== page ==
two poems by ken poyner

THE LAST VESTIGES OF OWNERSHIP

Call your Mastodon out of my yard.
I don’t care that he is one of a kind,
That his species is otherwise extinct
And that for preservation at best you could try
To clumsily cross-mate him with a circus elephant.
I’ve cleaned from my driveway,
The flowerbeds, the porch, the yard,
Enough of his thunderous droppings. The grass
Is dying in all of his favorite places.
I don’t think you realize
How heavy he is. I think
Of all the things he has crushed,
Of all the things he still could crush:
I’ve got good, decent shrubbery;
A bird bath; a bird house;
A stray cat I feed on the stoop.
I know the scientific imperative
In his being the last Mastodon:
A genetic storehouse, a behavioral treasure,
His deep set eyes looking back
Ten thousand years, back and back, always back.
But I work hard.
I pay for what is mine.
I enjoy puttering in my front yard.
Just because what you have might be special
Do not pride that I am required to put up with it.
 
 
THE LESSON

The crabs click mine mine mine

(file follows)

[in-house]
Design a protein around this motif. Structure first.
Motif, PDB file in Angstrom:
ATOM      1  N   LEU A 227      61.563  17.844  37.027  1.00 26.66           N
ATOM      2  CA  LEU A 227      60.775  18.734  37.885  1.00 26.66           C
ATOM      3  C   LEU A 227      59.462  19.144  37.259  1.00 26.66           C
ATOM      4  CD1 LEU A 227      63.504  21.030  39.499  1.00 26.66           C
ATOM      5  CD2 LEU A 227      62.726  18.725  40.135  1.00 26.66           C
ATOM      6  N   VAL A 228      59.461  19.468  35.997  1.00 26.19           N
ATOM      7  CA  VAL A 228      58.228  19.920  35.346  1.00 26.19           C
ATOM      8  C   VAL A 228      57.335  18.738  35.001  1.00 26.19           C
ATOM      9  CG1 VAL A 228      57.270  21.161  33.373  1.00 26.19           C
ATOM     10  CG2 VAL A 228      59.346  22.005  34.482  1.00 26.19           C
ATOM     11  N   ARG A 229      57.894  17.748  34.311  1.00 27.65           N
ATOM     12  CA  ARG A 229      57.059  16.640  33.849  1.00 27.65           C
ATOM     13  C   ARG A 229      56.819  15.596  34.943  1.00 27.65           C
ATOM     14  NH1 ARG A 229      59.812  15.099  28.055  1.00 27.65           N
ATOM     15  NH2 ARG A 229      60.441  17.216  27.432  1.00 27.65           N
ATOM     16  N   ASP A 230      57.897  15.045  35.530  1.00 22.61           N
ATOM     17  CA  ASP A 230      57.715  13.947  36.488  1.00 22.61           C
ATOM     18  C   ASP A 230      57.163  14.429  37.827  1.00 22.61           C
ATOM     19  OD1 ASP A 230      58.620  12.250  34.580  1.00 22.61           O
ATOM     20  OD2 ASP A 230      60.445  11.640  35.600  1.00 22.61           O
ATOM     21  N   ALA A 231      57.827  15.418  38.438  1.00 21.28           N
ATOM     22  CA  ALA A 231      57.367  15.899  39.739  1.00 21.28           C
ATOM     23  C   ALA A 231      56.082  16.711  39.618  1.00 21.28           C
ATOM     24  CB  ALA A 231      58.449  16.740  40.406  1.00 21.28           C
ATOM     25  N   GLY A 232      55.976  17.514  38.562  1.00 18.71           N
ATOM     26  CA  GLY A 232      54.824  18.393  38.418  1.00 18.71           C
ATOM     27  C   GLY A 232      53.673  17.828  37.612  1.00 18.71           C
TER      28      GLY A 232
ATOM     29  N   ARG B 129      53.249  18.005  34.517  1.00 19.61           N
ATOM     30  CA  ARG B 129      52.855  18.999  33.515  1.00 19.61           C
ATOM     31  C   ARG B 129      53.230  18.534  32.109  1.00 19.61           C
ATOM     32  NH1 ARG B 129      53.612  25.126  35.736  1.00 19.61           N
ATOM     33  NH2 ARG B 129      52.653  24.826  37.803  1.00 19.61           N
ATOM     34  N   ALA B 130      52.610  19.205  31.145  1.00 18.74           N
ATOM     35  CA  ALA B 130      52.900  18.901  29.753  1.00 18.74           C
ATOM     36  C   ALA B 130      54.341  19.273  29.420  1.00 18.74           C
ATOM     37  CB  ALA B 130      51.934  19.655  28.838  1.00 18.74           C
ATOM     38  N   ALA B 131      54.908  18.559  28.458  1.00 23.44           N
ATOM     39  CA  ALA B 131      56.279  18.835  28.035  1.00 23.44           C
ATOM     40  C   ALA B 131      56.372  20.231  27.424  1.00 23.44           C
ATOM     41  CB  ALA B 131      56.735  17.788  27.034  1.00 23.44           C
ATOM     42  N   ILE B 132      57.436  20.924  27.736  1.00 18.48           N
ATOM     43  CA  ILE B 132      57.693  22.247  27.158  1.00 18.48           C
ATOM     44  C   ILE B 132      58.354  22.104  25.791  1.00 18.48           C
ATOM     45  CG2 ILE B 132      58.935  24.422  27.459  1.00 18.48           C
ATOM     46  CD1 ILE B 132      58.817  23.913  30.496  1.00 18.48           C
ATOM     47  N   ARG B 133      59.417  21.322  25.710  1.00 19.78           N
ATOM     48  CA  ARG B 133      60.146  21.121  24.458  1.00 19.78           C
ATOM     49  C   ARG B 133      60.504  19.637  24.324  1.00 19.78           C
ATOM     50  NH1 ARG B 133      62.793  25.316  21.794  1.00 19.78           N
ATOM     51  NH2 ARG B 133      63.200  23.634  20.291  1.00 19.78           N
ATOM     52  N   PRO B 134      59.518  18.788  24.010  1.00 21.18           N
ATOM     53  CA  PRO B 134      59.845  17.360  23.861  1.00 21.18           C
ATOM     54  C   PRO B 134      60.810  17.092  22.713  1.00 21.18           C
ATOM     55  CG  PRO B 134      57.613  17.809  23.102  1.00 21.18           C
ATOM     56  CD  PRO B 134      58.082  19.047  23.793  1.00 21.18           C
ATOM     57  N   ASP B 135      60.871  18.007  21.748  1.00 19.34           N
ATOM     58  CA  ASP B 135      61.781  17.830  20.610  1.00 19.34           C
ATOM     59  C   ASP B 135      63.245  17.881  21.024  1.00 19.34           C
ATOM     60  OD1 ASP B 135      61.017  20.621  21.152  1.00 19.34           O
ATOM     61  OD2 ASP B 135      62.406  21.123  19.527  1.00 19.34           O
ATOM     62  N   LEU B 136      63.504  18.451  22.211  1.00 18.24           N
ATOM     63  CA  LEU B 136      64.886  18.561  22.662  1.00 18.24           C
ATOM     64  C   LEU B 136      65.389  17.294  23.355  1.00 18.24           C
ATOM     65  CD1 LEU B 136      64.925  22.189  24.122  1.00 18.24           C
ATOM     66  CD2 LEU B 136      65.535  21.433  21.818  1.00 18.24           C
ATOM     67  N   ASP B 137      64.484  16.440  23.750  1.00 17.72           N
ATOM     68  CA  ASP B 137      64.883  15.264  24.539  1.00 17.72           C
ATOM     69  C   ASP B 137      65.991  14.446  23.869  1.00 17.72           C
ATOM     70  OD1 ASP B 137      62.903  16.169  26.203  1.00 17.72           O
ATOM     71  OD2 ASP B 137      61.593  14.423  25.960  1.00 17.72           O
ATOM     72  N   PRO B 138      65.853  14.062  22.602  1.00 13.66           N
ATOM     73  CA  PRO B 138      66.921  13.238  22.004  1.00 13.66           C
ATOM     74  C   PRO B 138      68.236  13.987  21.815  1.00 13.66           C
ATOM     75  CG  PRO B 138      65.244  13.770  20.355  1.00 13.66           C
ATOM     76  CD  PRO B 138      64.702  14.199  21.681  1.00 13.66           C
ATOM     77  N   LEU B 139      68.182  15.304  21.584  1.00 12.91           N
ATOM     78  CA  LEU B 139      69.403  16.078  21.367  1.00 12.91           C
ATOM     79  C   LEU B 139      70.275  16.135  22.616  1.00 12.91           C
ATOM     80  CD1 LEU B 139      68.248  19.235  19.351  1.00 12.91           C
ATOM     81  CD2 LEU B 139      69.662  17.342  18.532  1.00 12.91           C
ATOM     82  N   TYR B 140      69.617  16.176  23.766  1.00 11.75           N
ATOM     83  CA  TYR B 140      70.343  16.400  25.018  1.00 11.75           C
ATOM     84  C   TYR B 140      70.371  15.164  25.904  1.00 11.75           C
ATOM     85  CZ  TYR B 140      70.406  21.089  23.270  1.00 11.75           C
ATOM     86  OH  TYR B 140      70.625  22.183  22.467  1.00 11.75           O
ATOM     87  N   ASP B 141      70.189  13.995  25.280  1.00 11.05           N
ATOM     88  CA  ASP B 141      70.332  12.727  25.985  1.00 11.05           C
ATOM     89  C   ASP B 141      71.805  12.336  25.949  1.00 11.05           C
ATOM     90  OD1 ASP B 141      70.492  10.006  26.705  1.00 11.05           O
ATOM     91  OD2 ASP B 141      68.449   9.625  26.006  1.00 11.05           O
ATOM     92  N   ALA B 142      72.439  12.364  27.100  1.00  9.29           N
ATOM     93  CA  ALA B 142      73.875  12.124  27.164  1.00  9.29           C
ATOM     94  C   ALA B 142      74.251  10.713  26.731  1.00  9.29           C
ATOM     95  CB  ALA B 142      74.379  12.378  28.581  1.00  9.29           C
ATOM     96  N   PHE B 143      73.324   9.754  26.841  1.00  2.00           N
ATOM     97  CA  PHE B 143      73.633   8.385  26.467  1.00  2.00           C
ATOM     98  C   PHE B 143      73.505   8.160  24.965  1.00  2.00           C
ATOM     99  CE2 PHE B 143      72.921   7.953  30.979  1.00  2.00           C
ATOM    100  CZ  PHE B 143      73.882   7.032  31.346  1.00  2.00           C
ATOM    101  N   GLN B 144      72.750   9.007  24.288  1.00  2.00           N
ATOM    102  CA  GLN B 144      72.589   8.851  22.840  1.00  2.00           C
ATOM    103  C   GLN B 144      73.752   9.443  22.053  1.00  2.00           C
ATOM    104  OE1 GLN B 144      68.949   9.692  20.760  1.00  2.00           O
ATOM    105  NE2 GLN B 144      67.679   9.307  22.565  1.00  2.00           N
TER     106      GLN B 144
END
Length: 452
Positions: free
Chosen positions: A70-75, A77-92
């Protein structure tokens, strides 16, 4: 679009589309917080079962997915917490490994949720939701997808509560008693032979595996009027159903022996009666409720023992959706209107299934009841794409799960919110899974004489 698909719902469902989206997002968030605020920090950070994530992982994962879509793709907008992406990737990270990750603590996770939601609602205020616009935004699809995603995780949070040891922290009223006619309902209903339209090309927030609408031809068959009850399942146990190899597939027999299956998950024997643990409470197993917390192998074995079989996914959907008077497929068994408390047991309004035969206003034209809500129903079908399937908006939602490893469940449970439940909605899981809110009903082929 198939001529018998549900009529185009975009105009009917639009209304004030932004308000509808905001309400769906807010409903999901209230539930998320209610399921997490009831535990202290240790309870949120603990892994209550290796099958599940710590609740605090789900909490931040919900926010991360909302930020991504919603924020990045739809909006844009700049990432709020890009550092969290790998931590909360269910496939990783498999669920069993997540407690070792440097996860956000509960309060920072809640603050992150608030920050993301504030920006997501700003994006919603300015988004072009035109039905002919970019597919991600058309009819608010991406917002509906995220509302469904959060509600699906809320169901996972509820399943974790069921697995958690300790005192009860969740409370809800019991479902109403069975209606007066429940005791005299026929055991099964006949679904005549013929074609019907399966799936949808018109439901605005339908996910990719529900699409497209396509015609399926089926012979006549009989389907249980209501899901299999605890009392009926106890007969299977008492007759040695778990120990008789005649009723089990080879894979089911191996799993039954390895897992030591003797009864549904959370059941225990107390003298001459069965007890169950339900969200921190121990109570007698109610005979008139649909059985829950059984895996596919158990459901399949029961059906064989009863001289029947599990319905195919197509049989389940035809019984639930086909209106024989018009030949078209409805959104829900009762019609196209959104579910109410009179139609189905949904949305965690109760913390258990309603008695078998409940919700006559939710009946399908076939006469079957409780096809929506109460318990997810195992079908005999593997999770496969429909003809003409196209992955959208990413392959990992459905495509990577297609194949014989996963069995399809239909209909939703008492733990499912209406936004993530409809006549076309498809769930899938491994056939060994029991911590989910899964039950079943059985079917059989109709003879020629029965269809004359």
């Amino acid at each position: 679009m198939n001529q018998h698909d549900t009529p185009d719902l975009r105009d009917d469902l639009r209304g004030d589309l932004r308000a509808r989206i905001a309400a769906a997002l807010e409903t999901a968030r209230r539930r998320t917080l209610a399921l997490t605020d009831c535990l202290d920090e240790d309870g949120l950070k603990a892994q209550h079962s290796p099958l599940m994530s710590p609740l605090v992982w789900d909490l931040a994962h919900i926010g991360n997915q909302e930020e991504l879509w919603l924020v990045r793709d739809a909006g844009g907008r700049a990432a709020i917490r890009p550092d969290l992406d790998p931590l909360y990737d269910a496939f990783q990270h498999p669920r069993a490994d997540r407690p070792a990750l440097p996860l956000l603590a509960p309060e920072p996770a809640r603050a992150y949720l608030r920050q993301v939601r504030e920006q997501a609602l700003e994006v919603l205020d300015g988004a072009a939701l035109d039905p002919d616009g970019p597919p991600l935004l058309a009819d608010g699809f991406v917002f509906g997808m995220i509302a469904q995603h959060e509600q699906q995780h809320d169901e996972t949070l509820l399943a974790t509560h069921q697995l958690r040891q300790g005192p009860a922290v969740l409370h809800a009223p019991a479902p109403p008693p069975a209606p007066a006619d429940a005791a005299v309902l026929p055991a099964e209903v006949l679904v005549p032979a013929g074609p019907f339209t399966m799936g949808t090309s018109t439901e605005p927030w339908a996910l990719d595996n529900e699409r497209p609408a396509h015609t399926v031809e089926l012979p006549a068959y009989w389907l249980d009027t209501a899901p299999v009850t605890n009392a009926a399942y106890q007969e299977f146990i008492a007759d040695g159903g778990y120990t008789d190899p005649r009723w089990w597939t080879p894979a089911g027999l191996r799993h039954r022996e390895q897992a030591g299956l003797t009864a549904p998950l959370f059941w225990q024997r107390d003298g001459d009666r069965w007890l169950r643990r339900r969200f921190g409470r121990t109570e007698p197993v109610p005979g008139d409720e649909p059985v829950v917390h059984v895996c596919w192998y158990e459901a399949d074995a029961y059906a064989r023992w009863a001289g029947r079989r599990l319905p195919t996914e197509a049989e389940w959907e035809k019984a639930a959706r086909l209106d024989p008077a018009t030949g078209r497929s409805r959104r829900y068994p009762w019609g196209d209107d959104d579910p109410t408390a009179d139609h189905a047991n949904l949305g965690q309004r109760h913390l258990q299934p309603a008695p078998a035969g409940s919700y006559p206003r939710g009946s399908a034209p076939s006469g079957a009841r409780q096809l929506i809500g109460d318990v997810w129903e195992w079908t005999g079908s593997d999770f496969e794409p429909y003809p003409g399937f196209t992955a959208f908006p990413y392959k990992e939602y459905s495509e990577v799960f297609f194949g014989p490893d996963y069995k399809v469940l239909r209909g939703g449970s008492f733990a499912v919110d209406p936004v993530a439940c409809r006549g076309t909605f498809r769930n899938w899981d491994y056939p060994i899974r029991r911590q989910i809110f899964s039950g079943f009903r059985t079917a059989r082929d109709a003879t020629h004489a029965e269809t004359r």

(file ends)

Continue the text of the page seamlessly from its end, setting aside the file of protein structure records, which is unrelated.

And a man in coveralls
Uses his heel to crush their shells:
Not harvesting, but simply to crush
And demonstrate that he can. I
Am waiting for something more,
But the man in his boots
And second hand t-shirt
And coveralls with both work
And lunch ground into them
Walks half-cocked off,
And that is all there is to it.
 
 
Ken Poyner has published in places from “The Alaska Quarterly Review” to “Yarrow” and most recently in “Eclectica”, “Cafe Irreal”, “Full of Crow”, “Corium” and a mid-sized army of elsewheres. He is reaching that point in time where, if he ever manages to finally get at what he is trying to get at, he does not know if he will have the skill to operate it. He lives with one long-time wife, five rescue cats, and a dominant fish. His last book was “Sciences, Social”, but he is threatening to do another one.

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